Whatever happens in Greece over the weekend, Monday is shaping up as one of the more interesting days for global stock markets in recent years.
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Investors the world over are waiting anxiously for the results of Greek elections that could determine whether the debt-addled nation remains in the 17-member eurozone.
A win for the status quo New Democracy party would likely offer hope that a Greek bailout approved by European fiscal leaders earlier this year will move ahead as planned with as little disruption as possible. Investors are expected to seize on that scenario as a sign that there’s light at the end of the long European debt crisis tunnel. That optimism could fuel a surge in global markets.
Investors have been bracing for a much more ominous outcome, however. Polls ahead of Sunday’s ballot, made necessary by inconclusive national elections held in May, show rising support for the far-left leaning coalition party Syriza, whose leaders have renounced the austerity measures required under the terms of the Greek bailout.
“Next week will see market direction steered initially by the results of the Greek election, in which there is a strong risk that the anti-austerity Syriza coalition could win power,” said Chris Williamson, chief economist at research firm Markit.
Should Syriza leader Alexis Tsipras stand by his campaign pledges and reject existing bailout terms it’s widely assumed that Europe would cut off funding to Athens, leading to a messy default by Greece on its debts and ultimately forcing the country out of the eurozone.
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Given that chaotic economic forecast, fears have emerged of a run on Greek banks Monday should the anti-austerity party win over the weekend.
A default and expulsion from the eurozone would have a catastrophic domino effect on other fragile southern European economies such as Italy, Spain and Portugal, the thinking goes. Consequently, a win by the anti-austerity Syriza party in on Sunday is widely expected to have a devastating impact on global markets on Monday.
Analysts at Societe Generale, the second largest French bank, said earlier this week in a research note that an “exit would be economically ruinous for Greece.” Moreover, the SG analysts believes Greece’s economy could collapse by half if an exit occurs and that the resulting contagion would prove a swift and severe blow to Europe’s already-fragile financial system.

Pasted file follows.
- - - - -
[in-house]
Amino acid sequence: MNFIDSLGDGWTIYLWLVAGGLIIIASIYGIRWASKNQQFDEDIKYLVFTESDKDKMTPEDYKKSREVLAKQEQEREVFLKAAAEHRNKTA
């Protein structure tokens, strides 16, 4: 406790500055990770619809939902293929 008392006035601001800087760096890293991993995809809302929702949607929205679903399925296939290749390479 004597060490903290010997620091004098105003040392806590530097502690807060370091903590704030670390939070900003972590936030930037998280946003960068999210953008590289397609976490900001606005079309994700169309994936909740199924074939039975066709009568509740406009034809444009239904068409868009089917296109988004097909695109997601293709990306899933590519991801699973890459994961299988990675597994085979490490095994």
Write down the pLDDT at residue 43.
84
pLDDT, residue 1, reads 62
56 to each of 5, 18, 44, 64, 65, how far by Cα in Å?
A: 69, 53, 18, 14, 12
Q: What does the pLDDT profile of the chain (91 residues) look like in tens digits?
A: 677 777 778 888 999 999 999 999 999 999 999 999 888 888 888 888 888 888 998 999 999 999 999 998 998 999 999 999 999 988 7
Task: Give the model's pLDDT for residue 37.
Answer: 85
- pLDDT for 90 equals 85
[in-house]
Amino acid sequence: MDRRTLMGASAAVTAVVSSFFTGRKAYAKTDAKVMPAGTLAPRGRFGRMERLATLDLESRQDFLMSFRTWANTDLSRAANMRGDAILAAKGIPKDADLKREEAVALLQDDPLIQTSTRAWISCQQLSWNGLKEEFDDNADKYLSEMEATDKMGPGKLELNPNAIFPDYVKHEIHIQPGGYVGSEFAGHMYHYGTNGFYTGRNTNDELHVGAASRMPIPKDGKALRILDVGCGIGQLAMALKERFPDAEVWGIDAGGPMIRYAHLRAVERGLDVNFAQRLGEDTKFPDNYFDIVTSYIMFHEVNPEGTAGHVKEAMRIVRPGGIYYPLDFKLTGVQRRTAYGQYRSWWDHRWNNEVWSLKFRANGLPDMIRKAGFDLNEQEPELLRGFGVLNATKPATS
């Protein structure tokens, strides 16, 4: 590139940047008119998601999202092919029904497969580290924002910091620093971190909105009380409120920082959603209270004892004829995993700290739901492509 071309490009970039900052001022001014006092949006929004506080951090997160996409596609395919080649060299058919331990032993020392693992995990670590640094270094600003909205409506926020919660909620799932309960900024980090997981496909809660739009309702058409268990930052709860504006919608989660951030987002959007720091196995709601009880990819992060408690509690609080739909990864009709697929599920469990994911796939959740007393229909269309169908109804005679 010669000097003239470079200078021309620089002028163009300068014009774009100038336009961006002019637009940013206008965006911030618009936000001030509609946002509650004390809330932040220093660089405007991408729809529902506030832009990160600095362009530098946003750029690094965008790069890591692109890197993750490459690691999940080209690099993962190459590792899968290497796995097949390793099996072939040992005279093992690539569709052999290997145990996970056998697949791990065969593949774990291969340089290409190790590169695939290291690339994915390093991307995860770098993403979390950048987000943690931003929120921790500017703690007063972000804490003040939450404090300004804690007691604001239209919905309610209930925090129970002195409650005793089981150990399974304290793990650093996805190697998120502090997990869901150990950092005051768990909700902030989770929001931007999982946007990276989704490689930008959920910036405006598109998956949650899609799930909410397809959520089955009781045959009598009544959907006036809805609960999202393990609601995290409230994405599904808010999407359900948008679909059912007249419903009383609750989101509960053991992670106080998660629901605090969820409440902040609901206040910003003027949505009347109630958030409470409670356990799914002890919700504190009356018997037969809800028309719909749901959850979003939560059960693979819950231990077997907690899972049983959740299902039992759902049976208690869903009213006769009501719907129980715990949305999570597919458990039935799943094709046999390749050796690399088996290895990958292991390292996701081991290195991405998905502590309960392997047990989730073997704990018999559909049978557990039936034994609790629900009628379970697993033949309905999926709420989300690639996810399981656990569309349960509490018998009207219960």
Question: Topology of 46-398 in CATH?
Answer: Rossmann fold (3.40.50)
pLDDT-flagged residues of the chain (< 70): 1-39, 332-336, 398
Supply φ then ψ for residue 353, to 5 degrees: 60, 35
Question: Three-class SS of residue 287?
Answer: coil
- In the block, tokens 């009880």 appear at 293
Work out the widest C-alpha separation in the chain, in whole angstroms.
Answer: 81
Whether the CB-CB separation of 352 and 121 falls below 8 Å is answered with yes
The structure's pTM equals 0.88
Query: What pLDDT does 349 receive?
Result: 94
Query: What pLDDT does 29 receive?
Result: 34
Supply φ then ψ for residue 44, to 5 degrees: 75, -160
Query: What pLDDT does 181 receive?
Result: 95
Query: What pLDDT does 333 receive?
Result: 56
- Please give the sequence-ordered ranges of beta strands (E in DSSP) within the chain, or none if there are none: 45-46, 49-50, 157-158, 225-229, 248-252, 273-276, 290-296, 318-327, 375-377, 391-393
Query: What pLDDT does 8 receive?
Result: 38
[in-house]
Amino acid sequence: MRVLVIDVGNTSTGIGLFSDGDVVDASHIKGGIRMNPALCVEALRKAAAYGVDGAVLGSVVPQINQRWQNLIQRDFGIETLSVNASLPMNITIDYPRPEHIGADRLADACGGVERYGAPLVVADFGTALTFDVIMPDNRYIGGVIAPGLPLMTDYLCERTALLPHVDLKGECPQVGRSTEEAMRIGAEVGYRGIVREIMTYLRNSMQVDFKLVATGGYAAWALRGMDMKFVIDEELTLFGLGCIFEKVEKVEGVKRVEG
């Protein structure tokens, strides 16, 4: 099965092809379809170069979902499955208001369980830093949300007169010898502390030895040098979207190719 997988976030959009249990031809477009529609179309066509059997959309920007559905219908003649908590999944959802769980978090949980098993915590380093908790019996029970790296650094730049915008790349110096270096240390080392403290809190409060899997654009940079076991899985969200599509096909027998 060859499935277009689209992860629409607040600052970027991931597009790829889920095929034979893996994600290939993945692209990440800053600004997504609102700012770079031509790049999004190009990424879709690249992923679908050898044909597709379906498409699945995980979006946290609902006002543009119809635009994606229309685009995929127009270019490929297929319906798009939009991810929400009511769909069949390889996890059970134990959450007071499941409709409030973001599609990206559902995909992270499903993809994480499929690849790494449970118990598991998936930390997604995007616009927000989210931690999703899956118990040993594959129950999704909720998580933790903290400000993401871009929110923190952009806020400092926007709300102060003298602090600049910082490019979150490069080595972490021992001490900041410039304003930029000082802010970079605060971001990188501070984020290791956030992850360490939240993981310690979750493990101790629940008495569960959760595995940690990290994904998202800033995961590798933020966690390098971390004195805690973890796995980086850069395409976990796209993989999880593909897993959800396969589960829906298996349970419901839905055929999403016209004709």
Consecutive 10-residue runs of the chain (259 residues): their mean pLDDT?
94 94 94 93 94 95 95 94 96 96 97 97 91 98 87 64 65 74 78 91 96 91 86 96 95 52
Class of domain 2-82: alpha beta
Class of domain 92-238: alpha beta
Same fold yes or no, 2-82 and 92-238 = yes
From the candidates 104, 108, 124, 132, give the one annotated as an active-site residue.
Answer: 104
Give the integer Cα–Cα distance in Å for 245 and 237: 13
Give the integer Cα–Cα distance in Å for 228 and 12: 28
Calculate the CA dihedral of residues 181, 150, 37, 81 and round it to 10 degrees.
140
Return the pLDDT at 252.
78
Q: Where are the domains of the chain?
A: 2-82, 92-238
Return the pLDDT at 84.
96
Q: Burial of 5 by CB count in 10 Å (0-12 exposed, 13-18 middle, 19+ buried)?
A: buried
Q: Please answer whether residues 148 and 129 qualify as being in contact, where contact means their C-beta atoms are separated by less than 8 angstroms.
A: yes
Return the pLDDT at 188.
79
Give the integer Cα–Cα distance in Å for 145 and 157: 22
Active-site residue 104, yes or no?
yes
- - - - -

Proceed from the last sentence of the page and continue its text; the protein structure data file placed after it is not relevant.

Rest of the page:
"For the Eurozone, any Greek exit would have a negative impact, but more than that, it would dramatically reduce the time available to sort out the shambolic architecture that is threatening the system," the analysts said.
Shambolic, indeed. Greece’s economy is in a shambles and it’s dragging down the rest of Europe with it. Data released on Thursday shows that Greek unemployment soared to a record high of 22.6% in the first quarter of 2012, about twice the rate across the rest of Europe.
A Willingness to Compromise Either Way
Austerity measures already implemented under the terms of an earlier Greek bailout forced large cutbacks in public employee payrolls and left thousands of Greece out of work. In addition, public employees still on the job have seen their wages cut and retirees have seen their pensions scaled back.
Greece’s economy, already stagnating ahead of austerity, is now virtually in free fall.
Young people in Greece have been hardest hit with unemployment among working age people under the age of 25 at a staggering 53%. Not surprisingly, many of these out-of-work young voters are looking for a change in political direction and now support Syriza.
Late in the week, as the Sunday elections approached, a third possibility emerged beyond the status quo optimism provided by a win by the pro-austerity New Democracy party or the projected chaos predicted by a Syriza win.
There is growing sentiment that European fiscal leaders, led by German Chancellor Angela Merkel and the heads of the so-called troika, the European Union, the European Central Bank and the International Monetary Fund, will seek to negotiate with whoever wins on Sunday.
“I think the markets will initially react positively to austerity crowd, and negatively to the anti-austerity crowd, but that in either case, Europe will express a willingness to work with Greece to change terms,” said Peter Tchir, with TF Market Advisors.
The stakes are too high for European fiscal leaders to refuse to work with the eventual winners and several Greek politicians have apparently hinted that conversations have already taken place to that effect.
Reuters on Thursday reported a similar scenario shaping up as the election approached.
“Now that Germany and others started looking at how to manage a Greek exit, they have realized some scenarios are pretty disastrous and will go out of their way now to avoid those. There is just too much risk -- that it quickly spreads to Spain and Italy, especially if the ECB has to take massive write-downs,” said Tchir.
Ultimately, if Europe is willing to renegotiate terms of the Greece bailout in order to avoid a messy Greek exit, the elections Sunday could be a “non-event” over the long-term but a market-moving catalyst for a couple of days.
Tchir said European leaders are likely to start signaling their willingness to negotiate as the elections nears in an effort to quell fears and stabilize financial markets.